What's in a Shape?

The Roman Forum, Relief from the Arch of Titus showing the triumphal procession after the destruction of Jerusalem in AD 70.
The Roman Forum, Relief from the Arch of Titus showing the triumphal procession after the destruction of Jerusalem in AD 70. Spoils from the Second temple in Jerusalem, including the seven branched candelabra, the silver trumpets and the Table of the Shewbread are carried. Italy. Roman. (Photo by Werner Forman/Universal Images Group/Getty Images)

Traditionally, a sanctuary environment contains a symbolic menorah or a pair, meant to recall the menorah that stood within the mishkan/tabernacle and ultimately in the Temple in Jerusalem. It is a symbol of the direct connection between our modern-day sanctuaries and the ancient Temple. Similarly Chanukah, known as the Festival of Lights, uses a hybridized version of the original menorah -- eight cups instead of seven, to hearken back to the original as well as to commemorate the great miracle of the single cruise of oil lasting for eight days.

The customary shape and patterning of the Chanukah menorah generally conforms to one of two recognizable configurations. The classical rounded form is most notably associated with the Temple service and specifically depicted in the iconic image on the Arch of Titus in Rome. The relief sculpture on the arch shows the menorah and other objects being taken away from the Temple after the siege of Jerusalem in 70 AD.

The other form, equally ubiquitous during the celebration of Chanukah, is an angle-armed, triangular configuration espoused by no less than Rashi, the great medieval sage of Biblical exegesis, and later by Maimonides in the 12th century, who even sketched a picture illustrating his figurative interpretation. This configuration was subsequently adopted by the Lubavitcher Rebbe, and has since become synonymous with the Chabad movement. Thanks to the movement's monumental outreach programs, menorahs of this type are typically seen in major city squares the world over during Chanukah. The Lubavitcher Rebbe was quite adamant in his directive concerning the proper shape of the menorah in accordance with the Maimonidean approach. He also reasoned that the pattern as depicted on the Arch of Titus was a symbol of pain and suffering for the Jews, and as such, should not be fostered.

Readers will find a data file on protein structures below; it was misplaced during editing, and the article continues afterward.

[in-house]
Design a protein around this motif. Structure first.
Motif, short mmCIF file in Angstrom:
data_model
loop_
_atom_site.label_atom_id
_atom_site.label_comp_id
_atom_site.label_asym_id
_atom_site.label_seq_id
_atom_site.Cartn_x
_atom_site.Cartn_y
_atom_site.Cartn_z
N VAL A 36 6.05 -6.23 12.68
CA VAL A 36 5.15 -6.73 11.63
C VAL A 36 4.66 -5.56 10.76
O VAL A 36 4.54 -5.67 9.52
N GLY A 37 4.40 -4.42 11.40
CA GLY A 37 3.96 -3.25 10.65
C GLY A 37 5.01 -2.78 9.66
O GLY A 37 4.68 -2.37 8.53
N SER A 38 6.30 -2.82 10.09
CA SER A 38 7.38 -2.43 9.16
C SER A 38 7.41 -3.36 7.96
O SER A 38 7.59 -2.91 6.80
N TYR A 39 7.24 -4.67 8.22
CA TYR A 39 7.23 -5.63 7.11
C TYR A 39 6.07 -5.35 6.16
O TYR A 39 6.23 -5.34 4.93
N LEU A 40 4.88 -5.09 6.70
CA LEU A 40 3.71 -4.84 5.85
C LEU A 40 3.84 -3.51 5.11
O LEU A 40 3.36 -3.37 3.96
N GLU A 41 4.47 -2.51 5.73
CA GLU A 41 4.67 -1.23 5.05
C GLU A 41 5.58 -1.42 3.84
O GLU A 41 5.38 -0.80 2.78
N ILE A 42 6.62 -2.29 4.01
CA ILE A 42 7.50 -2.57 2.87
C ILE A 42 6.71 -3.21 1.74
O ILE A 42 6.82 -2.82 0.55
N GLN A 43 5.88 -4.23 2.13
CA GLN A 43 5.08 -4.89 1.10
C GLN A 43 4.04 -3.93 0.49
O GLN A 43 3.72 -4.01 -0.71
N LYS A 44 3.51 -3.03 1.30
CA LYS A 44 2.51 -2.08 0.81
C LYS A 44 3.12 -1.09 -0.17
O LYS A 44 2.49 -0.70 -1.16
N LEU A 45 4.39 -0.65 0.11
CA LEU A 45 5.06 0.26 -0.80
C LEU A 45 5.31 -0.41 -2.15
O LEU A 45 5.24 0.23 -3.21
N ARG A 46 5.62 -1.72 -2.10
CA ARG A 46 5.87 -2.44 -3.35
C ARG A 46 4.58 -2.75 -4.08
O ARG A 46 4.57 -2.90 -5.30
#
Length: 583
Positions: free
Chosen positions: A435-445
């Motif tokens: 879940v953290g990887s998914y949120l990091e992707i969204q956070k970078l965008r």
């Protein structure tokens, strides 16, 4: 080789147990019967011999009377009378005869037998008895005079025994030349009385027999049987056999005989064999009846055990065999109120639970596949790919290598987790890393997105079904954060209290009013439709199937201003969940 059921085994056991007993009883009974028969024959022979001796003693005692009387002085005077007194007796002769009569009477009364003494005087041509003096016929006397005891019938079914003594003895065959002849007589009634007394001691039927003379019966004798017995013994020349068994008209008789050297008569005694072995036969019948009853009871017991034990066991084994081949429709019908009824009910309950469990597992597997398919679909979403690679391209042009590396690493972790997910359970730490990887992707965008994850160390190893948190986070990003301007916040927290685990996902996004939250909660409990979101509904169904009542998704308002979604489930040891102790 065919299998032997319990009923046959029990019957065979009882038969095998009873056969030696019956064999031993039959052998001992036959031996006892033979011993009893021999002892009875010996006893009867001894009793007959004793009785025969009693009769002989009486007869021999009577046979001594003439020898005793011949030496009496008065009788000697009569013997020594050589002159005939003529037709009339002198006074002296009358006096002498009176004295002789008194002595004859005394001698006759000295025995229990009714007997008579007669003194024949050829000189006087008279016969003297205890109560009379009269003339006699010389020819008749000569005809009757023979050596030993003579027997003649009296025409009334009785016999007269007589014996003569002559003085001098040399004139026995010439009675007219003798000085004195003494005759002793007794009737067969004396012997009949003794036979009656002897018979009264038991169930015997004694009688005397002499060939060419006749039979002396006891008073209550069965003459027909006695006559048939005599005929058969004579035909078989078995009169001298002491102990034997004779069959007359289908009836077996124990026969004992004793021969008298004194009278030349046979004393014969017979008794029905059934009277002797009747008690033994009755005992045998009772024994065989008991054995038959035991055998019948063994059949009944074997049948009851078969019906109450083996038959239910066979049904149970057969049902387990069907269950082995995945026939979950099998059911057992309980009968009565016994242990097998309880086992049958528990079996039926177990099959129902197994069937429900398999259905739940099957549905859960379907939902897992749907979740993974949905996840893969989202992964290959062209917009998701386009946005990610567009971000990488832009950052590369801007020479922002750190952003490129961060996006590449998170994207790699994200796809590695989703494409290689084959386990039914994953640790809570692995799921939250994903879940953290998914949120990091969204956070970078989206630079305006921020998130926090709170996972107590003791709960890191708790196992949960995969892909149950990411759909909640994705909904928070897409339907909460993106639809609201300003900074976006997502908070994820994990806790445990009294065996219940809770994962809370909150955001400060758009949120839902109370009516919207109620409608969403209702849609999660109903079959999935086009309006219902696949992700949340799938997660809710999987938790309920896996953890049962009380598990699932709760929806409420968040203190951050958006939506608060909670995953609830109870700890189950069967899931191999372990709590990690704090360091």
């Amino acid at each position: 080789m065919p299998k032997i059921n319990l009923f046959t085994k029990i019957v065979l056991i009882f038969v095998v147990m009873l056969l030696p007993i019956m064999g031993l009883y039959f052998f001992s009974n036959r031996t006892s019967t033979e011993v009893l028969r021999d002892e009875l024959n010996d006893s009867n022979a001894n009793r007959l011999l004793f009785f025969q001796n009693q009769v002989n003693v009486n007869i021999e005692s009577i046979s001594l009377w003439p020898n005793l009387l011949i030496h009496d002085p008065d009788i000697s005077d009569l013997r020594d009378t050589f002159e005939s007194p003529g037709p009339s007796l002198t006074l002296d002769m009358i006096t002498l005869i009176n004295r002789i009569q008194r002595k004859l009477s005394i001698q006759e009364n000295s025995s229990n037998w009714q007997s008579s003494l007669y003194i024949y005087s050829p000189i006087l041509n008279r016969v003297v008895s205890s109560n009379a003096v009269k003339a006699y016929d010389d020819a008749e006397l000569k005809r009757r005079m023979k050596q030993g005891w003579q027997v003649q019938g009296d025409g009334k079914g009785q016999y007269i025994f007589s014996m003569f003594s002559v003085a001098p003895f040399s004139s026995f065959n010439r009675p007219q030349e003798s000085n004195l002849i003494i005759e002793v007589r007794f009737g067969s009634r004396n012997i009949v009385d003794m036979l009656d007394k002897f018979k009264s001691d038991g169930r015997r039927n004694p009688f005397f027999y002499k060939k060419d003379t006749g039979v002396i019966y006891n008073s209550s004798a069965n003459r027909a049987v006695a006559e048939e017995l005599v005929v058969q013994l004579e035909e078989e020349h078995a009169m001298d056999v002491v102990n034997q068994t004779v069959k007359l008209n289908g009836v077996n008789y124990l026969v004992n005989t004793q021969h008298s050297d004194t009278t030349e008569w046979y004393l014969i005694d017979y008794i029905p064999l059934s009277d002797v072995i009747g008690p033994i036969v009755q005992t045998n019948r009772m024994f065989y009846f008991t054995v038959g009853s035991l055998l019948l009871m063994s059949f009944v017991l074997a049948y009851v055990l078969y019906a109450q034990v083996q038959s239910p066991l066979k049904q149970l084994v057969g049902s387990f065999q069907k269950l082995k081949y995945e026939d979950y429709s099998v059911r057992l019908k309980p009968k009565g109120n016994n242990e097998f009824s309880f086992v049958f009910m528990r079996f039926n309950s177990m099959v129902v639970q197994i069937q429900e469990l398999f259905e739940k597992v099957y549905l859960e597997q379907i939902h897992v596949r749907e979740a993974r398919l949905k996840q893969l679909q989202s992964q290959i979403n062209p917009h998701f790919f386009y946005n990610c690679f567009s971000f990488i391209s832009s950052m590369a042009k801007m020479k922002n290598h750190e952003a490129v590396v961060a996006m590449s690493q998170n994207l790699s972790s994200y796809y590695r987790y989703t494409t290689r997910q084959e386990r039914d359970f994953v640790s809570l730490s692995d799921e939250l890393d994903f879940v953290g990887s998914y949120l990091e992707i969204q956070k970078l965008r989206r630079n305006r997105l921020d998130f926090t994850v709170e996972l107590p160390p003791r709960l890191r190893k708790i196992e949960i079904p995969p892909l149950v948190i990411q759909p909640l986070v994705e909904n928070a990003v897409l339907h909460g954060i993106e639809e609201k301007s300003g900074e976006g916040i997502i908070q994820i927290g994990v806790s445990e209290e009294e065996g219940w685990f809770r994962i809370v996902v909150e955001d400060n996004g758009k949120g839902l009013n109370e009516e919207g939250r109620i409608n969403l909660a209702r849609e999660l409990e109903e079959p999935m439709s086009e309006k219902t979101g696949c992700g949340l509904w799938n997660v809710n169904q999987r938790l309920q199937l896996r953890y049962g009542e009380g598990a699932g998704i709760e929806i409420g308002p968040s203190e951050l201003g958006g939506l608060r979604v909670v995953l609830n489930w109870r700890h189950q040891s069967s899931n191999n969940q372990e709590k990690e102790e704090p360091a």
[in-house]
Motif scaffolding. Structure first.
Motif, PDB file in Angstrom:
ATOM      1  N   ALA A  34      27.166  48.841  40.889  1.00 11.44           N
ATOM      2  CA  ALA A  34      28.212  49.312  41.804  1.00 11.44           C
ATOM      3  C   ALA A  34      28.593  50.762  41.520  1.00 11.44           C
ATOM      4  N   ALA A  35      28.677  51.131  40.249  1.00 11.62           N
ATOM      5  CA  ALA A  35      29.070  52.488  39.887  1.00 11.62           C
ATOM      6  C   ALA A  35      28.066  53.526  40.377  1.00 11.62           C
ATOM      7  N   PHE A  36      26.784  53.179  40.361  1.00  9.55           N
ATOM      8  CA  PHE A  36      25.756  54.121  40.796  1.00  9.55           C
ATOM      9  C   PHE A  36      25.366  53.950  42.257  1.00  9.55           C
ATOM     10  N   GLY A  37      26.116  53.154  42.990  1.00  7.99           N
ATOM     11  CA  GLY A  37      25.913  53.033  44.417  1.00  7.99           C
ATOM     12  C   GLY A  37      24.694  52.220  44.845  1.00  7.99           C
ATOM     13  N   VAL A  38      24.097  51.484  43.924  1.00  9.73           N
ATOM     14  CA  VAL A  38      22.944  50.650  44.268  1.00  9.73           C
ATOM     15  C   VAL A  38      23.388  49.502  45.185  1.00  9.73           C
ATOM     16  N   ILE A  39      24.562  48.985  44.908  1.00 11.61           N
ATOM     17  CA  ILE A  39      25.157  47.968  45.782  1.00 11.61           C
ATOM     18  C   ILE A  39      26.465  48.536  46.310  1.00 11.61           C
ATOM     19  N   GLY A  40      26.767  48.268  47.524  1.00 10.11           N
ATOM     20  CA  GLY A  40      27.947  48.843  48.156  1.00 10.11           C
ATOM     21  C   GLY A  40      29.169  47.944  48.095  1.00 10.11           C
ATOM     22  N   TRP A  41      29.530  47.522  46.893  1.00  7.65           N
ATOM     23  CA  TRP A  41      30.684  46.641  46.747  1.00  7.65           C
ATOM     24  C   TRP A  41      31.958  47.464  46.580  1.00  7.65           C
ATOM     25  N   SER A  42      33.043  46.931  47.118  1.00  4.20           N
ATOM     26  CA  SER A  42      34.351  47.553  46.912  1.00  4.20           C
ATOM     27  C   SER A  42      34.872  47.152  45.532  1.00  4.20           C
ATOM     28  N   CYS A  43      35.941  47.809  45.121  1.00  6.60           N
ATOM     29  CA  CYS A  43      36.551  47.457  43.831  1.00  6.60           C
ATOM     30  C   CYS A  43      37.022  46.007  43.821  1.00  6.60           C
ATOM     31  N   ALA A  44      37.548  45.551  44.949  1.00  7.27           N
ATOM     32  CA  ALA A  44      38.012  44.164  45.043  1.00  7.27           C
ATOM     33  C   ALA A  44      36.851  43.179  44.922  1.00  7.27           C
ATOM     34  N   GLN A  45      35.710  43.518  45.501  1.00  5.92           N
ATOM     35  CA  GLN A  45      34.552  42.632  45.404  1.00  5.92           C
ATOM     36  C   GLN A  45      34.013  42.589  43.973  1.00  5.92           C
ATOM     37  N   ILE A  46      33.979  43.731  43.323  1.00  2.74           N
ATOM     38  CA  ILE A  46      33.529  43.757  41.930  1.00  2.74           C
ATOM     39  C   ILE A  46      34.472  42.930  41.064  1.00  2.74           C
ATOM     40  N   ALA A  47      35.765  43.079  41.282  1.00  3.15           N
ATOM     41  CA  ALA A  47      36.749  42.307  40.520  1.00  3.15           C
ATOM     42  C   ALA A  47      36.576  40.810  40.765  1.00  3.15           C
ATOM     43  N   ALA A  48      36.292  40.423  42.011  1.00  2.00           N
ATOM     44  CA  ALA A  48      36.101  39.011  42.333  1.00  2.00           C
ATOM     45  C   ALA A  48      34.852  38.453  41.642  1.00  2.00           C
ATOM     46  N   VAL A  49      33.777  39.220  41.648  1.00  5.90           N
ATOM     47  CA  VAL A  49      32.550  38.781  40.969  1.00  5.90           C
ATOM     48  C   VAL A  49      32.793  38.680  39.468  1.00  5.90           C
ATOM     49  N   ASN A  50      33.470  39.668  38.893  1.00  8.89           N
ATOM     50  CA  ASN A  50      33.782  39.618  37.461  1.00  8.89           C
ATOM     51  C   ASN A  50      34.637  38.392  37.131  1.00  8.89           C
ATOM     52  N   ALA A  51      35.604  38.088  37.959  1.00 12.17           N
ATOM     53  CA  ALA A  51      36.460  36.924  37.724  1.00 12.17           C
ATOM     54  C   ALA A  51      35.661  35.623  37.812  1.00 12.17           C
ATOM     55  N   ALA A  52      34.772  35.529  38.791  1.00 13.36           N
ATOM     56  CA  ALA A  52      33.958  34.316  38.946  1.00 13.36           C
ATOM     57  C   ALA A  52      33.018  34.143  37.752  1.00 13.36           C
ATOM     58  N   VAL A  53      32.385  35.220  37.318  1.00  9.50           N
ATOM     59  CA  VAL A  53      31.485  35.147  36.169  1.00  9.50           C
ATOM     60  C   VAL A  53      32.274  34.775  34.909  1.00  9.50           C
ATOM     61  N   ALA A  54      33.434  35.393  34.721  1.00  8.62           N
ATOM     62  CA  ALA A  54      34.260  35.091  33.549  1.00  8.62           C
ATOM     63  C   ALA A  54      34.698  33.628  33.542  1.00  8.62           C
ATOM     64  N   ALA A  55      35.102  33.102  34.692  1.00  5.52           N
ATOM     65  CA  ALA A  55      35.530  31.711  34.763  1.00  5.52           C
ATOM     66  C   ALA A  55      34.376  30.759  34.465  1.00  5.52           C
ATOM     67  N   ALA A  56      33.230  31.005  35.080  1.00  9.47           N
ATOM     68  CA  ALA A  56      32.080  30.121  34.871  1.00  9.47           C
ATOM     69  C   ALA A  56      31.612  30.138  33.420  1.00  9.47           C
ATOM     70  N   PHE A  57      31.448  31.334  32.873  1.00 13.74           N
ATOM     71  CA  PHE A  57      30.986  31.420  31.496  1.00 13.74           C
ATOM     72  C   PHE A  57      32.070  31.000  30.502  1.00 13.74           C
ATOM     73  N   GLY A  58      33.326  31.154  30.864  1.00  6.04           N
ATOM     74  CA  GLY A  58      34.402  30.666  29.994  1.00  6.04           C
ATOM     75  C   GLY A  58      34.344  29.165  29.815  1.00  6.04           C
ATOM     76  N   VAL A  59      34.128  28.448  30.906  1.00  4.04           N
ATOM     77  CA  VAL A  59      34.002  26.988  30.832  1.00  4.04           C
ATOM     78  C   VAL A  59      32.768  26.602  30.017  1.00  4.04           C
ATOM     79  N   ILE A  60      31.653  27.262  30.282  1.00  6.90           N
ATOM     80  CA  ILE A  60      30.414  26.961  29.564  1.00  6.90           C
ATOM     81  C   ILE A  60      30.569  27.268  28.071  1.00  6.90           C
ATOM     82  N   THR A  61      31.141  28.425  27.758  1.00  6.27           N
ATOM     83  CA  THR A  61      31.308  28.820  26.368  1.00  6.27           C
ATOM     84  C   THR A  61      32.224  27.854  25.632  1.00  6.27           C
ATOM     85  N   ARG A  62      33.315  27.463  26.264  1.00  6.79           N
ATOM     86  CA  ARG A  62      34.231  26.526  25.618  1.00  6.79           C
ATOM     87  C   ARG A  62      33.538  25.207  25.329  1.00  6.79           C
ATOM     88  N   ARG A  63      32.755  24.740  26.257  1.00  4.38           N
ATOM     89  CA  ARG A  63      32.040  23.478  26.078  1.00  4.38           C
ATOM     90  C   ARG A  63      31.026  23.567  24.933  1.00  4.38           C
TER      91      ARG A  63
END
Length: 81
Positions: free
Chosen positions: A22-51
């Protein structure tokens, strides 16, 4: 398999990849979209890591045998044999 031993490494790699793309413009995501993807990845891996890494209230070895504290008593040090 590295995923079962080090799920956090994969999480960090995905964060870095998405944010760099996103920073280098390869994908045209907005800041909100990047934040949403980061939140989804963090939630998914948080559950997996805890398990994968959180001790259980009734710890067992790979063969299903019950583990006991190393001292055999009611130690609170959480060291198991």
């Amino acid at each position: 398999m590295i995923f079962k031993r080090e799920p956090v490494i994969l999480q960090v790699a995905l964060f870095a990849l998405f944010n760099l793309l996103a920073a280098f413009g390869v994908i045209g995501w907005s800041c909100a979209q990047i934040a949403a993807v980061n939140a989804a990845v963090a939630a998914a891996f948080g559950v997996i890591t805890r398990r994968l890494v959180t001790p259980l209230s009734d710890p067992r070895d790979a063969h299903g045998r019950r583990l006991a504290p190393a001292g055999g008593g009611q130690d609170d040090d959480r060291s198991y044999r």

By their very nature, symbols are complicated affairs, and as Joseph Campbell points out in his seminal essay "The Symbol Without Meaning": "a symbol, like everything else, shows a double aspect. We must distinguish therefore between the 'sense' and the 'meaning' of a symbol." Similarly, the rounded menorah subsumed a duality of meanings -- the first, of light and wisdom meant to illuminate the darkest corners of the world when standing in the Temple in Jerusalem, and the second, of exile and defeat, shame and ignominy, when paraded through the streets of Rome after the pillage and despoiling of Jerusalem.

In an ironic turn of events, this laden symbol was adopted by none other than the nascent state of Israel to be its coat of arms. Alongside the Magen David or Jewish star -- itself a symbol with a murky background but rising to deprecatory prominence during the Shoah as the Jews' 'badge of shame' -- the menorah became the symbol par-excellence of a people repealing and rescinding its exilic past.

Paradoxically, the Israelis, so hyper-sensitive to references and implications recalling the 2000-year-long Diaspora with all its concurrent ruination, decided to reclaim and repatriate this version of the symbol as its national emblem. At first blush, this seems incongruous with the fledgling state's total rejection of the "mummified state" of Jewish existence in the Diaspora. The carefully constructed ethos of the Israeli experience is as much a rebellion against its vulnerable and hazardous past as it is the guarantor for the prevention of another. As such, it is both natural and justified to reach back into history and recall a reference replete with historical, religious, and perhaps most importantly, geographic significance. For the early Zionists, the Maccabean revolution was a perfect fit. How strange then that having the choice, Israel didn't adopt -- as the Lubavitcher Rebbe did -- a perhaps lesser known configuration, but one not associated so directly with the pain of exile.

The Talmud relays a telling story concerning Moses, the greatest of the prophets, and the design of the menorah. There were apparently three things that God told Moses that even he could not fully envisage. One of them was the specific design of the menorah. Cast of solid gold, seven arms festooned with cups, flowers, almonds, a three-legged base, all perfectly coherent. But what did it look like exactly? What was its final articulation and appearance? Even Moses was unable to visualize it merely from God's description. In the end, it was miraculously forged from molten gold for Moses, as he was unable to create it himself.

Perplexing as the final form of the menorah was to Moses, and as it apparently remains, its ultimate purpose remains clear: That the luminosity of its lights which hearken back to the primordial light of creation, beckon toward a world suffused with universal truth and justice. This is why we are enjoined to publicly display the illuminated menorah, allowing the light and its powerful message to permeate our souls.